If you cannot classify a tick bite as high risk, a “wait and watch” approach is recommended. Before recommending doxycycline prophylaxis, make sure that it is a safe medication for your patient.

Erythema migrans lesions in early Lyme disease may be diagnosed clinically. If the diagnosis is uncertain, consider serum antibody testing with repeat testing in 2-3 weeks if initial testing is negative. 

Treatment for children of all ages may consist of one of the following regimens: 

Doxycycline for 10 days 
Amoxicillin for 14 days 
Cefuroxime for 14 days 

Second line antibiotics may also be available for patients in whom other antibiotic classes are contraindicated. Please refer to the 2020 Guidelines for the Prevention, Diagnosis and Treatment of Lyme Disease for specific treatment and dosing information.

Consider Lyme carditis in children who present with acute carditis of unknown cause with appropriate epidemiologic history. Serum antibody testing is preferred. PCR testing or culture of blood has poor sensitivity and is not generally recommended.

Treatment for children of all ages may consist of one of the following regimens:

  • Ceftriaxone (intravenous) for 14-21 days
  • Doxycycline for 14-21 days
  • Amoxicillin for 14-21 days
  • Cefuroxime for 14-21 day


Please refer to the 2020 Guidelines for the Prevention, Diagnosis and Treatment of Lyme Disease for specific treatment and dosing information.

Consider Lyme neuroborreliosis in children who present with acute cranial neuropathies or meningitis of unknown cause with appropriate epidemiologic history. Rarely in children, Lyme disease may also cause painful radiculoneuritis, mononeuropathy multiplex or spinal cord or brain inflammation.

Serum antibody testing is preferred. PCR testing or culture of blood or cerebral spinal fluid (CSF) has poor sensitivity and is not generally recommended. If CSF is obtained, it is recommended that simultaneous samples of CSF and serum are obtained for determination of the CSF:serum antibody index.

Treatment for children of all ages may consist of one of the following regimens:

  • Ceftriaxone (intravenous) for 14-21 days
  • Doxycycline for 14-21 days


Please refer to the 2020 Guidelines for the Prevention, Diagnosis and Treatment of Lyme Disease for specific treatment and dosing information.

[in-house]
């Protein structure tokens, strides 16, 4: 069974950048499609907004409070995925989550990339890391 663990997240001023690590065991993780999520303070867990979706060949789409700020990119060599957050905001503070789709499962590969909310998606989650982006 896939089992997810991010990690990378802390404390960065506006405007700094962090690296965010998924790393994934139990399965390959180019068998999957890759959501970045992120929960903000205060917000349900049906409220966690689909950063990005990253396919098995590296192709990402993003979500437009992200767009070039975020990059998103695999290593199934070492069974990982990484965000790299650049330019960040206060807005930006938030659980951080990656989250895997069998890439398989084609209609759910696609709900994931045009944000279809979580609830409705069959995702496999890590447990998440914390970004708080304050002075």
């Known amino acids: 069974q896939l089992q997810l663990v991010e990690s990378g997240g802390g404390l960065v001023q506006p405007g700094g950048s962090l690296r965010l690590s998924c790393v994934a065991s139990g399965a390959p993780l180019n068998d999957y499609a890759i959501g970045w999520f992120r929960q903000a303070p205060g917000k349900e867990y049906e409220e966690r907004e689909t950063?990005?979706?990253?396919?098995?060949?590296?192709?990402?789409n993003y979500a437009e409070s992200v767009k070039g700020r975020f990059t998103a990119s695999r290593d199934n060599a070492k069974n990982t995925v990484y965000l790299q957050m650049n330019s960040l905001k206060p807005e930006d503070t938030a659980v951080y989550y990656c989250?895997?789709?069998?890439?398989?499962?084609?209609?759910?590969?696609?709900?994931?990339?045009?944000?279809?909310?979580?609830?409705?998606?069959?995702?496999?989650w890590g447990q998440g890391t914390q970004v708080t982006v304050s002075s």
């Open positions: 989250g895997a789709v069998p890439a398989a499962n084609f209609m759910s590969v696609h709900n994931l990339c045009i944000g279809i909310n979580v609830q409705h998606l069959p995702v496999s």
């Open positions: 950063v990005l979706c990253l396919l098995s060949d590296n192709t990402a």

Consider Lyme arthritis in children with marked swelling of large joints and appropriate epidemiologic history. Serum antibody testing is preferred. If synovial fluid is obtained, PCR testing may be performed in addition to serum antibody testing. Initial treatment may consist of one of the following regimens:

  • Doxycycline for 28 days for children 8 years of age and older
  • Amoxicillin for 28 days for children of all ages
  • Cefuroxime for 28 days for children of all ages

Some children with Lyme arthritis may require additional oral or intravenous antibiotic treatment beyond the initial treatment course. Please refer to the 2020 Guidelines for the Prevention, Diagnosis and Treatment of Lyme Disease for specific treatment and dosing information.

Although a two- to four-week course of antibiotics cures most cases of Lyme disease, patients sometimes report symptoms of pain, fatigue, or difficulty thinking that last for more than six months after they finish treatment.

It is not known why some patients experience these symptoms. Studies funded by the National Institutes of Health have found that long-term outcomes are no better for patients who received additional prolonged antibiotic treatment than for patients who received placebo treatments.

Disclaimer

Providers have an implied responsibility to use the newly acquired information to enhance patient outcomes and their own professional development. Any medications, diagnostic procedures or treatments discussed on this site should not be used by health care professionals without first evaluating their patients’ conditions, considering possible contraindications or risks, reviewing any applicable manufacturer’s product information and comparing any therapeutic approach with the recommendations of other authorities.